County of Marin Health and Human Services

Public Health Newsletter, July 2019

Public Health Newsletter, July 2019
Marin County Public Health Newsletter Volume 7 - Issue 7 - July 2019
In this Issue: Flaccid Myelitis | PPD | Ebola | Foster Homes | Rabies | Message from the Deputy Public Health Officer
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A message to physicians and other health care providers from Marin County's Public Health Officer.

Acute Flaccid Myelitis 

Acute flaccid myelitis (AFM) is a rare but serious syndrome that causes muscle weakness or paralysis, mostly in children.  Three national outbreaks have occurred since 2014.  Most patients developed AFM in late summer or early fall.  AFM typically presents with limb weakness one week after a viral infection.  The Centers for Disease Control and Prevention (CDC) believes viruses, including enteroviruses, play a role in AFM.  Marin County health care providers should contact Marin County Communicable Disease Prevention and Control (CDPC) if they suspect AFM at 415-473-4163.  CDPC will coordinate specimen collection and laboratory testing.  The AFM Physician Consult and Support Portal provides clinicians with access to 24/7 neurologist consultation. 

PPD Shortage 

Due to an expected shortage of APLISOL, the Centers for Disease Control and Prevention (CDC) is recommending that providers:
 - Substitute IGRA blood tests for TSTs. 
 - Substitute TUBERSOL for APLISOL for skin testing.
Please notify Marin County Tuberculosis Control Program if you have any difficulty screening for LTBI (by phone at 415-473-4163 or email  LTBI screening and treatment is a key component of "Getting to Zero" TB cases in California and nationwide.  For more information, visit the Marin County Tuberculosis Control Program's website.


After an outbreak-related case of Ebola was reported in Uganda, the Director-General of the World Health Organization (WHO) declared the current Ebola outbreak in the Democratic Republic of the Congo a Public Health Emergency of International Concern.   As of July 28, 2019, there have been 2,687 confirmed and probable EVD cases and 1,803 deaths connected to this outbreak.  While the threat of disease spread to California remains very low, the California Department of Public Health (CDPH) is closely monitoring the outbreak.  Health care providers should ask all persons who present with suspected infectious diseases about any travel, domestic or international.

Foster Our Future

Each year, approximately 80 children in Marin County need temporary (foster) homes, but we only have 35 approved homes.  Individuals with medical experience, those who can welcome siblings together, and those who are Spanish-speaking are especially needed.  Attend an orientation with a social worker and an experienced foster parent to learn more.  The next orientation is scheduled for Thursday, August 22, from 7:00 to 8:30 pm at the Marin Health and Wellness Campus (3240 Kerner Blvd., San Rafael, CA  94901).  Visit the Foster Our Future Marin website or call 415-473-2200 for more information.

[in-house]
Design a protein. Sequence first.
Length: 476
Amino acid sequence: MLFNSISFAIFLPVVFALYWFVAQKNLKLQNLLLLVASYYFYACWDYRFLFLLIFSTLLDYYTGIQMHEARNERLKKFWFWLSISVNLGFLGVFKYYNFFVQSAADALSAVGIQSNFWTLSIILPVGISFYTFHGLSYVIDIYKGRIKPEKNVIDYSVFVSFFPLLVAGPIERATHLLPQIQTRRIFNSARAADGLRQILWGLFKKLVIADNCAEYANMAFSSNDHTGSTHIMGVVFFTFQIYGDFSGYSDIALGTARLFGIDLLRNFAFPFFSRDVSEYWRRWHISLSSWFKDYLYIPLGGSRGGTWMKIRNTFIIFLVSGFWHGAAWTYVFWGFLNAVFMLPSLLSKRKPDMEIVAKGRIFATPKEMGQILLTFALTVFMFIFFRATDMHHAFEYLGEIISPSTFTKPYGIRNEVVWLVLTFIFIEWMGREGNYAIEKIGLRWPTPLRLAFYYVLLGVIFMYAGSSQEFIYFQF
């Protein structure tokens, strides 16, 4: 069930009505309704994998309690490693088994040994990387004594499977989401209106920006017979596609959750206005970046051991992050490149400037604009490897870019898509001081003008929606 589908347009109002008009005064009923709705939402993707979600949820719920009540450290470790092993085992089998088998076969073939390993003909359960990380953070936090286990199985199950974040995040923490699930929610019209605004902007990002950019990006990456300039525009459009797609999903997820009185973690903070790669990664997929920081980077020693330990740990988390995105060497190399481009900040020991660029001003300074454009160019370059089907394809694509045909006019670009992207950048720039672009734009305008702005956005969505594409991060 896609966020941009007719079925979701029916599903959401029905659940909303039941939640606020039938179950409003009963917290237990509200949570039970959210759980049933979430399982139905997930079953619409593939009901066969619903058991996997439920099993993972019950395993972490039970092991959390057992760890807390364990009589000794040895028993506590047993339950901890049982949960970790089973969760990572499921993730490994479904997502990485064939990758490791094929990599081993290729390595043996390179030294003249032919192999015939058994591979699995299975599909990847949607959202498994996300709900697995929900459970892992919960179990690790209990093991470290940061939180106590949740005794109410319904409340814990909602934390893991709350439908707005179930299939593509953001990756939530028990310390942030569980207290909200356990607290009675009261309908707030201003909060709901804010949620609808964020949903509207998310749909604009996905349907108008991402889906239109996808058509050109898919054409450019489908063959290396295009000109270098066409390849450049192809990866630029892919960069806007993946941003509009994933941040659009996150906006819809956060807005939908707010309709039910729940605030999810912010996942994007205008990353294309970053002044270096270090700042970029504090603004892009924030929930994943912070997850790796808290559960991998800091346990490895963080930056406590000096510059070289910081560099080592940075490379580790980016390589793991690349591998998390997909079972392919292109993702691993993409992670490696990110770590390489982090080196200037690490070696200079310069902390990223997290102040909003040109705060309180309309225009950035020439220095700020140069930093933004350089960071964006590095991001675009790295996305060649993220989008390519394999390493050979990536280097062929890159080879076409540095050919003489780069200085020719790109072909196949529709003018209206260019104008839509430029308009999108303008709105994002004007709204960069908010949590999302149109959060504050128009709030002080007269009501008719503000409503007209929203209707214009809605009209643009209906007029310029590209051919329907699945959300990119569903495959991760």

Public Health Program Spotlight:  Rabies Control Program

The Rabies Control Program is one of Marin County's mandated communicable disease prevention and control programs.  Annually, 10-12% of captured bats in Marin County test positive for rabies.  Most human rabies cases in the United States have been caused by bat bites that were unrecognized or undetected due to bats' extremely fine teeth.  Human rabies can be prevented by providing rabies pre-exposure prophylaxis (if indicated), prompt local treatment of bite wounds, and/or appropriate rabies post-exposure prophylaxis.  Marin County Public Health works closely with Marin Humane, WildCare and other community partners to prevent human rabies.  Visit the Marin Rabies Information Page to access a Bite Report and the rabies Post-Exposure Prophylaxis Algorithm.

Message from the Deputy Public Health Officer

Last month, we informed readers about the risk of extended power outages (3 - 5 days) due to the launch of PG&E's Public Safety Power Shutoffs (PSPS) program.  Wildfire season is now here.  In addition to preparing your family, neighbors, and patients for extended power outages, it is time to organize your wildfire preparedness efforts.  Visit FireSafe Marin and make sure you are Ready to Go.  We also encourage health care providers to join the Marin Medical Reserve Corps today.  The time and energy you invest in preparedness will increase our community's overall resilience.  Thank you!

Warm Regards,
Lisa Santora, MD, MPH
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Copyright (c) 2019
Matthew Willis MD, MPH
Marin County Public Health Officer
(415) 473-4163
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Our mailing address is:
3240 Kerner Blvd.
San Rafael, CA 94901

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